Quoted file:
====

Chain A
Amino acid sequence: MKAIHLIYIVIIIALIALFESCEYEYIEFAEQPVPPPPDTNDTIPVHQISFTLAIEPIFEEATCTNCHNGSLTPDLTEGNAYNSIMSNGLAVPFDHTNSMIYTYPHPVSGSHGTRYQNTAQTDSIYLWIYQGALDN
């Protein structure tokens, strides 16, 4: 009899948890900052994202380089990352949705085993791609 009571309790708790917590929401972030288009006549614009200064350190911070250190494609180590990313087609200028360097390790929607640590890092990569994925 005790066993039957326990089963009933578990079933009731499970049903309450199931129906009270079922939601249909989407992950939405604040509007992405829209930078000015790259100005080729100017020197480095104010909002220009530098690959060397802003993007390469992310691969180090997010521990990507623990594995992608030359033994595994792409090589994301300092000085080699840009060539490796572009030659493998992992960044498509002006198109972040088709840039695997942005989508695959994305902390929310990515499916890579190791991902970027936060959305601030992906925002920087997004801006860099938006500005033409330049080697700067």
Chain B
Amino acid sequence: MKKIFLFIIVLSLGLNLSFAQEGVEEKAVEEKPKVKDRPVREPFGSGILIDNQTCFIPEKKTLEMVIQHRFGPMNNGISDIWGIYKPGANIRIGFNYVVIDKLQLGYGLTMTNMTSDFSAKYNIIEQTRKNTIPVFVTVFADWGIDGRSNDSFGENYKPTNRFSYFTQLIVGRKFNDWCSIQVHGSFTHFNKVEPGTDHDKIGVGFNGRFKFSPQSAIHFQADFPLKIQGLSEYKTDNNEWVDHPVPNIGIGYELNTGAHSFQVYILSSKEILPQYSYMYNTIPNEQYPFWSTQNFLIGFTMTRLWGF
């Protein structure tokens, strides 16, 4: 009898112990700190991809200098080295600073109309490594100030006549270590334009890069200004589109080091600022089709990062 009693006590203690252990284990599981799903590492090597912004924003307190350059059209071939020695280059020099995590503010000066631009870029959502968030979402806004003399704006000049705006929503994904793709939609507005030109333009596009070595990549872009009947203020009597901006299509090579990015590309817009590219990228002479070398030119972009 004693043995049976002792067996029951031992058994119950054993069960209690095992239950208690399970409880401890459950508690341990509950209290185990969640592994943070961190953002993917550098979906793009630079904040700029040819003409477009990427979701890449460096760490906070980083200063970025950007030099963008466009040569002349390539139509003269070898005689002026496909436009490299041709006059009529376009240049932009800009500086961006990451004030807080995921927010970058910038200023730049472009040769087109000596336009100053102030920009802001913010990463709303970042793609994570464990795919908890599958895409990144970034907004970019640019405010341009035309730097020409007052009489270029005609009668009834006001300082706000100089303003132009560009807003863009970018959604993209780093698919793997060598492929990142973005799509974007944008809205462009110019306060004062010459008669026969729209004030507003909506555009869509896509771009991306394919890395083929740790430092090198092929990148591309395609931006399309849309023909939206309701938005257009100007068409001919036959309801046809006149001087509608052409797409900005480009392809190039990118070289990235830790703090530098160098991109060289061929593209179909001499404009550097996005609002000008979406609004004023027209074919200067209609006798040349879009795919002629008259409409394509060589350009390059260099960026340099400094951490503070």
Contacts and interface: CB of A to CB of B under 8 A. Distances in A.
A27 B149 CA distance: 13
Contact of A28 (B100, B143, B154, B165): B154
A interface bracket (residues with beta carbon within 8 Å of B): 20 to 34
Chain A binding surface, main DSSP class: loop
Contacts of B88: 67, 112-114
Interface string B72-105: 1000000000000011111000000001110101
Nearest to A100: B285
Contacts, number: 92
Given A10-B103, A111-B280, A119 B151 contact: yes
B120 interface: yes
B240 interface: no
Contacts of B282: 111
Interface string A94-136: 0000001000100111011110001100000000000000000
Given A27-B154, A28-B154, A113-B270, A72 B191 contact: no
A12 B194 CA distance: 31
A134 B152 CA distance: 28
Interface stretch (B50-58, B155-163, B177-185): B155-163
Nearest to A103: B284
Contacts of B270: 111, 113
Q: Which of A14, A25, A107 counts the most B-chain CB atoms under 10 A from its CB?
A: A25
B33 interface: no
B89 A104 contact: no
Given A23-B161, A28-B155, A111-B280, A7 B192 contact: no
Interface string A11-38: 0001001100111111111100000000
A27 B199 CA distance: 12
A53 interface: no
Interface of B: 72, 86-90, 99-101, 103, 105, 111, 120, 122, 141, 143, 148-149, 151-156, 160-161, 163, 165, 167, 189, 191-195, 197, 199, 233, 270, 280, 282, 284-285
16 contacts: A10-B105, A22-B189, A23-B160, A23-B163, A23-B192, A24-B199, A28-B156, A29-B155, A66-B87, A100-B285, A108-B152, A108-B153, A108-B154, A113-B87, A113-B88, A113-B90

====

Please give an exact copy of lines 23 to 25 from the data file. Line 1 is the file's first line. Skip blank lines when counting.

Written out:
A134 B152 CA distance: 28
Interface stretch (B50-58, B155-163, B177-185): B155-163
Nearest to A103: B284